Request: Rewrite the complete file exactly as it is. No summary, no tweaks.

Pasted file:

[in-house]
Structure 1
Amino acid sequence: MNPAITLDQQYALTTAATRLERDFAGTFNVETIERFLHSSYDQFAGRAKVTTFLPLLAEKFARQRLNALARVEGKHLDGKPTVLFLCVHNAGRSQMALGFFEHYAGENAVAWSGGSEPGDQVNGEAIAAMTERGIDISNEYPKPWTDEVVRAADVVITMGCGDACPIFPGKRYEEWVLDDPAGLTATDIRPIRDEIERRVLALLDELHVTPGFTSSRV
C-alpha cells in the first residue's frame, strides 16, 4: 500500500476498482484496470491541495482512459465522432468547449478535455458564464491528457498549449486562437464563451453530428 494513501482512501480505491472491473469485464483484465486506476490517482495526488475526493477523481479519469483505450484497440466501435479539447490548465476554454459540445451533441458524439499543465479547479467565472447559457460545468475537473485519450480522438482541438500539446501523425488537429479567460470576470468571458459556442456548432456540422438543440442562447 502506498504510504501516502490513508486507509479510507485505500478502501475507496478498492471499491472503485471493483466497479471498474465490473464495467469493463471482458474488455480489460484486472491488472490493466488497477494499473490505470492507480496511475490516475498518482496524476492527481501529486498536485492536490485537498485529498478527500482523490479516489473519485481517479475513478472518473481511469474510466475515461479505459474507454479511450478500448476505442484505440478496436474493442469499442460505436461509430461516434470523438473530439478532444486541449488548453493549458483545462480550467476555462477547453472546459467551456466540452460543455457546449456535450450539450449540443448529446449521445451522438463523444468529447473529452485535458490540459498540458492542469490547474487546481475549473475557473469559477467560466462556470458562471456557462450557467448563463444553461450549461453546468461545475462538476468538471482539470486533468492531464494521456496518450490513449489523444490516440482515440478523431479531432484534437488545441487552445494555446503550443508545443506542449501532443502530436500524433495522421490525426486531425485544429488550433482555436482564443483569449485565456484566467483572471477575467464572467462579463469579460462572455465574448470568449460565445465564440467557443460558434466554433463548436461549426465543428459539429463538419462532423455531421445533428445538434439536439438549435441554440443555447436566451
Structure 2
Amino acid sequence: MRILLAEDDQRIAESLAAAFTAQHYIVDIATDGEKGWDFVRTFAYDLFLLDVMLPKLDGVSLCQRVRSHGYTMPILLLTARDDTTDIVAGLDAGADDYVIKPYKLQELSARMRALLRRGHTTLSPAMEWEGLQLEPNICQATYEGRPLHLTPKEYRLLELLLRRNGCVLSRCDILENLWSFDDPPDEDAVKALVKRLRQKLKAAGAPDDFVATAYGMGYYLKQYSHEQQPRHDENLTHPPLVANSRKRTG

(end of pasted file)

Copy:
[in-house]
Structure 1
Amino acid sequence: MNPAITLDQQYALTTAATRLERDFAGTFNVETIERFLHSSYDQFAGRAKVTTFLPLLAEKFARQRLNALARVEGKHLDGKPTVLFLCVHNAGRSQMALGFFEHYAGENAVAWSGGSEPGDQVNGEAIAAMTERGIDISNEYPKPWTDEVVRAADVVITMGCGDACPIFPGKRYEEWVLDDPAGLTATDIRPIRDEIERRVLALLDELHVTPGFTSSRV
C-alpha cells in the first residue's frame, strides 16, 4: 500500500476498482484496470491541495482512459465522432468547449478535455458564464491528457498549449486562437464563451453530428 494513501482512501480505491472491473469485464483484465486506476490517482495526488475526493477523481479519469483505450484497440466501435479539447490548465476554454459540445451533441458524439499543465479547479467565472447559457460545468475537473485519450480522438482541438500539446501523425488537429479567460470576470468571458459556442456548432456540422438543440442562447 502506498504510504501516502490513508486507509479510507485505500478502501475507496478498492471499491472503485471493483466497479471498474465490473464495467469493463471482458474488455480489460484486472491488472490493466488497477494499473490505470492507480496511475490516475498518482496524476492527481501529486498536485492536490485537498485529498478527500482523490479516489473519485481517479475513478472518473481511469474510466475515461479505459474507454479511450478500448476505442484505440478496436474493442469499442460505436461509430461516434470523438473530439478532444486541449488548453493549458483545462480550467476555462477547453472546459467551456466540452460543455457546449456535450450539450449540443448529446449521445451522438463523444468529447473529452485535458490540459498540458492542469490547474487546481475549473475557473469559477467560466462556470458562471456557462450557467448563463444553461450549461453546468461545475462538476468538471482539470486533468492531464494521456496518450490513449489523444490516440482515440478523431479531432484534437488545441487552445494555446503550443508545443506542449501532443502530436500524433495522421490525426486531425485544429488550433482555436482564443483569449485565456484566467483572471477575467464572467462579463469579460462572455465574448470568449460565445465564440467557443460558434466554433463548436461549426465543428459539429463538419462532423455531421445533428445538434439536439438549435441554440443555447436566451
Structure 2
Amino acid sequence: MRILLAEDDQRIAESLAAAFTAQHYIVDIATDGEKGWDFVRTFAYDLFLLDVMLPKLDGVSLCQRVRSHGYTMPILLLTARDDTTDIVAGLDAGADDYVIKPYKLQELSARMRALLRRGHTTLSPAMEWEGLQLEPNICQATYEGRPLHLTPKEYRLLELLLRRNGCVLSRCDILENLWSFDDPPDEDAVKALVKRLRQKLKAAGAPDDFVATAYGMGYYLKQYSHEQQPRHDENLTHPPLVANSRKRTG